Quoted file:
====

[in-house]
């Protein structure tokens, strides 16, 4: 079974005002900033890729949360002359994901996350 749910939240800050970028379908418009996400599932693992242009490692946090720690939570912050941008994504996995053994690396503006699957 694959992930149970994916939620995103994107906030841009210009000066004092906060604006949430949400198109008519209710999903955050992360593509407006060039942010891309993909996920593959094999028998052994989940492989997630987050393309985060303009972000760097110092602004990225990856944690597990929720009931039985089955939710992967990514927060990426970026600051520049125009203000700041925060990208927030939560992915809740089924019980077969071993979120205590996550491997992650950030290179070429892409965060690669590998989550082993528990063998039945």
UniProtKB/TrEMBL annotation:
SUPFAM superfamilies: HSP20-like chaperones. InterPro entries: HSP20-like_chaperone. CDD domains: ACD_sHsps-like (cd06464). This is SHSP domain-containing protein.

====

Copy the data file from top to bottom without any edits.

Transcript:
[in-house]
């Protein structure tokens, strides 16, 4: 079974005002900033890729949360002359994901996350 749910939240800050970028379908418009996400599932693992242009490692946090720690939570912050941008994504996995053994690396503006699957 694959992930149970994916939620995103994107906030841009210009000066004092906060604006949430949400198109008519209710999903955050992360593509407006060039942010891309993909996920593959094999028998052994989940492989997630987050393309985060303009972000760097110092602004990225990856944690597990929720009931039985089955939710992967990514927060990426970026600051520049125009203000700041925060990208927030939560992915809740089924019980077969071993979120205590996550491997992650950030290179070429892409965060690669590998989550082993528990063998039945």
UniProtKB/TrEMBL annotation:
SUPFAM superfamilies: HSP20-like chaperones. InterPro entries: HSP20-like_chaperone. CDD domains: ACD_sHsps-like (cd06464). This is SHSP domain-containing protein.